Some journalists, in the course of their professional lives, will come upon people who, before, during, or after an interview, will ask if they can read the forthcoming piece, once it is written, in order to approve its contents. Most often, they are simply concerned with making sure that they don’t sound like idiots. Understandable! Still, this is a frustrating thing to be asked, because it makes one wonder where these people have gotten this idea—that this is a thing that is done. Now, we know that Jann Wenner, founder and publisher of Rolling Stone magazine, is at least partly to blame, as, in response to criticism over allowing El Chapo final approval over Sean Penn’s 10,000-word article on him, he told the New York Times, “I don’t think it was a meaningful thing in the first place. We have let people in the past approve their quotes in interviews.”
The piece begins with a disclosure that reads, in part, “An understanding was brokered with the subject that this piece would be submitted for the subject’s approval before publication. The subject did not ask for any changes.”
Media critics and journalism ethicists—to say nothing of Mexican journalists—have come down pretty hard on the magazine for this. In a blog post, Andrew Seaman, chair of the Society of Professional Journalists’ Ethics Committee, wrote:
Allowing any source control over a story’s content is inexcusable. The practice of pre-approval discredits the entire story—whether the subject requests changes or not. The writer, who in this case is an actor and activist, may write the story in a more favorable light and omit unflattering facts in an attempt to not to be rejected.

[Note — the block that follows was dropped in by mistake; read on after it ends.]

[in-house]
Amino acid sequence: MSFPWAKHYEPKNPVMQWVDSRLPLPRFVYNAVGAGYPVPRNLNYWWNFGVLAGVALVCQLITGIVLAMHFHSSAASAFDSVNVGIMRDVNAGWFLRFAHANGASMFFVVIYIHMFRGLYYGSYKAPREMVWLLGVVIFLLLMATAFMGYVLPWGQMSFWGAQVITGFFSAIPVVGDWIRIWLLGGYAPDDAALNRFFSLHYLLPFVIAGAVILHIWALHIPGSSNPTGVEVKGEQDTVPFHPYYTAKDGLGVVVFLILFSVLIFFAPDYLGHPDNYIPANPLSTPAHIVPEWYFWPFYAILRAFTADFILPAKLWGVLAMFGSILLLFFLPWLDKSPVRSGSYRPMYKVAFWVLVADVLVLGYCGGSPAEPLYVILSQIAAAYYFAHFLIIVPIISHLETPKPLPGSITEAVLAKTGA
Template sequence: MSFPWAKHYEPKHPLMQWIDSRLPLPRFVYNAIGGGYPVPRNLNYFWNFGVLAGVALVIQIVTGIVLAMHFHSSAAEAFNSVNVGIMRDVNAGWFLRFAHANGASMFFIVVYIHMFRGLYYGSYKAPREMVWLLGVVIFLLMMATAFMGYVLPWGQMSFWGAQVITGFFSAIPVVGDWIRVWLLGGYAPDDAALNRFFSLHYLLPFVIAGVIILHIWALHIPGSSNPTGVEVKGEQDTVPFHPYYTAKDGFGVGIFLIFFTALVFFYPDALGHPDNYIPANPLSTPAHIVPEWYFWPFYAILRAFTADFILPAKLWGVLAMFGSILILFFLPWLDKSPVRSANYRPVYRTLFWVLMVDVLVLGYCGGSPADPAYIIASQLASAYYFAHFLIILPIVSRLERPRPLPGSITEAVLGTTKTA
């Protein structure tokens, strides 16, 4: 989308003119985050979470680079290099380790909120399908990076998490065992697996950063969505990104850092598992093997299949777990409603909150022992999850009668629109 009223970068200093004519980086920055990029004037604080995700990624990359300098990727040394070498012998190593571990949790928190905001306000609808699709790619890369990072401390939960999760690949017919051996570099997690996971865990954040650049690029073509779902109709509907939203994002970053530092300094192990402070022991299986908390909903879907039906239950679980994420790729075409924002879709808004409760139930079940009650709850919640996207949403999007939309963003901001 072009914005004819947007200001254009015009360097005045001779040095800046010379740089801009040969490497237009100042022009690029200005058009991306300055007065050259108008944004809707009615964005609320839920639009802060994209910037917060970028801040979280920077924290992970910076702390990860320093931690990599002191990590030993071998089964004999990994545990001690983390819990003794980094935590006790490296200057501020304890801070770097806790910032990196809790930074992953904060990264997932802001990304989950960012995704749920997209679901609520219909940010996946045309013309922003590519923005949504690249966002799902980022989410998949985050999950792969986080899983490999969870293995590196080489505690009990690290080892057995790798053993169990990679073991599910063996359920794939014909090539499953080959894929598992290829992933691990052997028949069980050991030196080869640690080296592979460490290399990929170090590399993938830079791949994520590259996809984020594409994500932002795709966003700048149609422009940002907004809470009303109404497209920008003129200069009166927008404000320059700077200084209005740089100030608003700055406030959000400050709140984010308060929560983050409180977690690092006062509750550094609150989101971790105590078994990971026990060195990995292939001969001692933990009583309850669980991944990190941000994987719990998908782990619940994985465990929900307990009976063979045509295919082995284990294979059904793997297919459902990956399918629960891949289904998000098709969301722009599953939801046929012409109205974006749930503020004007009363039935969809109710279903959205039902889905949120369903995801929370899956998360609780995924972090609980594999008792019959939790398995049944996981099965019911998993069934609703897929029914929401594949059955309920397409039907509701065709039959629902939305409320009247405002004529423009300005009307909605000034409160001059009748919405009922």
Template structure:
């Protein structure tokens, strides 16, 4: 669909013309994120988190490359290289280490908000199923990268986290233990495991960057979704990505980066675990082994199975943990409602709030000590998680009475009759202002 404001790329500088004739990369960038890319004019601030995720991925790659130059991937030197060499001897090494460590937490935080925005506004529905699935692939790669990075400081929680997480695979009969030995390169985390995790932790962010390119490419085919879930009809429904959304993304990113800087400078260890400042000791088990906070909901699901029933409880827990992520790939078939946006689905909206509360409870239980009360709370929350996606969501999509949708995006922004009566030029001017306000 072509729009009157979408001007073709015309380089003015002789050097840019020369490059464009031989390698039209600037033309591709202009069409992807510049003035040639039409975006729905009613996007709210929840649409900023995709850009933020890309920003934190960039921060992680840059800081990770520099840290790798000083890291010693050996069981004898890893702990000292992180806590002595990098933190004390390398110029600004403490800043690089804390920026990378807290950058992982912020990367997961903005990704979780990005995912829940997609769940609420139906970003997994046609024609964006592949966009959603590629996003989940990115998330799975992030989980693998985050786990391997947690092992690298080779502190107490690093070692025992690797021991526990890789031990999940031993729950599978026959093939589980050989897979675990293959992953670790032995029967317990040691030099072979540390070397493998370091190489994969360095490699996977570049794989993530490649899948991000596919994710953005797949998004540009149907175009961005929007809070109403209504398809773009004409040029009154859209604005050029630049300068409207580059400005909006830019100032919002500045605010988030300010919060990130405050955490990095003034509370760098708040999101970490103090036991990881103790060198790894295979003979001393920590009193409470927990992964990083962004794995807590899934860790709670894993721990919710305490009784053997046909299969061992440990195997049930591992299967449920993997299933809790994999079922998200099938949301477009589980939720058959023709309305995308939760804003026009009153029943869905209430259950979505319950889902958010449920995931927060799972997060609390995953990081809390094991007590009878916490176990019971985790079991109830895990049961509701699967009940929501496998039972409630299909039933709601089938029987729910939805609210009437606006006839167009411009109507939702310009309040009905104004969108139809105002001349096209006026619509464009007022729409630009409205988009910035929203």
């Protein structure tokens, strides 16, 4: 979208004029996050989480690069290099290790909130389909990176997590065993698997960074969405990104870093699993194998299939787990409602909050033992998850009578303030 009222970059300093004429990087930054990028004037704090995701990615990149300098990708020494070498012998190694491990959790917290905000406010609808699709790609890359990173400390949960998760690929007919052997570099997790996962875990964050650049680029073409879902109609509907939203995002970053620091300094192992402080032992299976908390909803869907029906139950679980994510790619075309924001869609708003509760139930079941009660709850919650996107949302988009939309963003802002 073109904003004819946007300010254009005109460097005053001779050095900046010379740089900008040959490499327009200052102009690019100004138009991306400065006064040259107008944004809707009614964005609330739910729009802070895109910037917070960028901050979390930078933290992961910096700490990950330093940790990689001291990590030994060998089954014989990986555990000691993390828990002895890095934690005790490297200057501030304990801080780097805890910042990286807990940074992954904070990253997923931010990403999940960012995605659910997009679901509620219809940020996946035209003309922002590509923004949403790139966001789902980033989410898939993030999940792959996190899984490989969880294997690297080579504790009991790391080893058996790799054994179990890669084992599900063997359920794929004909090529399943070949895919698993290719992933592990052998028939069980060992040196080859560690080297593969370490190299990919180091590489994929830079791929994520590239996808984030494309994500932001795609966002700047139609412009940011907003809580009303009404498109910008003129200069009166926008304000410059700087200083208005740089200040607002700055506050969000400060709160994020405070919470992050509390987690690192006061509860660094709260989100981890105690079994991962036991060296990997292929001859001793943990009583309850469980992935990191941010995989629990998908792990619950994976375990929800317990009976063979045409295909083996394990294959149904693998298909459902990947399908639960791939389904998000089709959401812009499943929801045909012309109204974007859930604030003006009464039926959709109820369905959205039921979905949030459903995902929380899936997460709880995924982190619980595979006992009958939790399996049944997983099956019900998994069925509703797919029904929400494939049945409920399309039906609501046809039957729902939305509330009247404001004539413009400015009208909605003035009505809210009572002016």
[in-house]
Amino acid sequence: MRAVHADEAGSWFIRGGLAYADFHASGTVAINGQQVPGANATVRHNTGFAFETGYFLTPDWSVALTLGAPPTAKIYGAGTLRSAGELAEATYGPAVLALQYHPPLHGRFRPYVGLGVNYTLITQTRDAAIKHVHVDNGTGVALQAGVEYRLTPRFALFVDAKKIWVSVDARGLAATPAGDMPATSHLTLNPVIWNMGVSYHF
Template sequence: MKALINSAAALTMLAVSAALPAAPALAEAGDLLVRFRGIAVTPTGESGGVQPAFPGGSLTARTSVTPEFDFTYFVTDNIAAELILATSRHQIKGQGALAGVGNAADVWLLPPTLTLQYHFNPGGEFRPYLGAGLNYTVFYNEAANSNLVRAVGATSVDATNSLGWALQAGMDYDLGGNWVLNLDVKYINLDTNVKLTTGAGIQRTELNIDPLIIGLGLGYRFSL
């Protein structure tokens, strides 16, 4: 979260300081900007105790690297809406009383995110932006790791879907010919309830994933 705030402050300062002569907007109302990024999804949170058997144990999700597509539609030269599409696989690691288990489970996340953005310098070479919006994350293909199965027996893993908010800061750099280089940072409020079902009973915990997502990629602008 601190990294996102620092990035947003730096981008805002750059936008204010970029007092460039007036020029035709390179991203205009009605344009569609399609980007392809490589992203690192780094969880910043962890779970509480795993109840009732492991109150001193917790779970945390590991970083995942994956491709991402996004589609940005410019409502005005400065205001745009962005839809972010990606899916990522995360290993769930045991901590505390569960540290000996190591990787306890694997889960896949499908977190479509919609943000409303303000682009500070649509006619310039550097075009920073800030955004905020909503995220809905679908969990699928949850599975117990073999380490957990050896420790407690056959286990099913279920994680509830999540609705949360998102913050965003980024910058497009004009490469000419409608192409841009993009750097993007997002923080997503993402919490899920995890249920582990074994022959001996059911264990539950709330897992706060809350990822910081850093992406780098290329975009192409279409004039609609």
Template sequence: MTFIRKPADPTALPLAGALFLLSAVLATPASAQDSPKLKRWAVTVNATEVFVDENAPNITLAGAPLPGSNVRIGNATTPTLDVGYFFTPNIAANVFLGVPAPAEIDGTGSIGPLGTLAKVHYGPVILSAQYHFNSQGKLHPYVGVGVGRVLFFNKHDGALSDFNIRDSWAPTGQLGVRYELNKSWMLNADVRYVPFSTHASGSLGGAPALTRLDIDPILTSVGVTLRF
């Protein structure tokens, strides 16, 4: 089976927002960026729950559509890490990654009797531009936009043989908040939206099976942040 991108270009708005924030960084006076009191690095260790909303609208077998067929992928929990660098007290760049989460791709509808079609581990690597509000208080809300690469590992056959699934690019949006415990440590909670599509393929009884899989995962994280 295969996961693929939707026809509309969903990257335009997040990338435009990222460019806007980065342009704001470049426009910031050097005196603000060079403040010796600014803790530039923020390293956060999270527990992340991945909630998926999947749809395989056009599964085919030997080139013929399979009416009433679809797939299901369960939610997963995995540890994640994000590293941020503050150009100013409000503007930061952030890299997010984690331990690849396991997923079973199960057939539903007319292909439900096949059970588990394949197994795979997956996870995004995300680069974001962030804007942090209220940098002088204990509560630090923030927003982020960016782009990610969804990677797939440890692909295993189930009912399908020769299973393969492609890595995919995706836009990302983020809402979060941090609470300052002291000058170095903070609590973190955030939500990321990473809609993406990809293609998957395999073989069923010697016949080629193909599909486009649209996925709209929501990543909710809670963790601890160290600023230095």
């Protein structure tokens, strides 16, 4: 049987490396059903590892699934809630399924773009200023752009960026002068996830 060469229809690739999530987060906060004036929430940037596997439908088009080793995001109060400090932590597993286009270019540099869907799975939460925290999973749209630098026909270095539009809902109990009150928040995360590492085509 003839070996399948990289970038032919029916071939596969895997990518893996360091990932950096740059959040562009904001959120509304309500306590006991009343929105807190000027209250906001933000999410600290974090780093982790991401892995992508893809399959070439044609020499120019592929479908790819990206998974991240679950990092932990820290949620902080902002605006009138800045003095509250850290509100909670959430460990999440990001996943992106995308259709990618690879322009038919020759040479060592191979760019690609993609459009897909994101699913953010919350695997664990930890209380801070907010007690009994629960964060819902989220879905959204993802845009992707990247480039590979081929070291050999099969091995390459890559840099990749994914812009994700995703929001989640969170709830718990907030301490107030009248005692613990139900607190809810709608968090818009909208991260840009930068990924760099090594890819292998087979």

Still, Wenner was dismissive. “In this case, it was a small thing to do in exchange for what we got,” he told the Times. El Chapo, Wenner said, didn’t speak English, and didn’t seem interested in editing Penn’s turgid prose. (Neither, it would seem, was Rolling Stone.)
Steve Coll, the dean of the Columbia University Graduate School of Journalism, was circumspect. “It’s hard to judge what Rolling Stone was thinking since apparently the veto wasn’t exercised, freeing the magazine of any dilemma,” he said.
Alternatively, maybe the fact that El Chapo—who we can probably assume has someone in his employ who does, in fact, speak English—didn’t exercise his veto is as damning an indictment of such an arrangement (or, more specifically, the product of such an arrangement) as if he had and the magazine acquiesced. A puff piece is still a puff piece even if it’s disguised with a dilettante’s interminable onanism.
Then again, maybe El Chapo did start reading it, only to stop, calculating (correctly) that it didn’t matter what Penn wrote because everyone was just going to stop after three excruciating paragraphs anyway.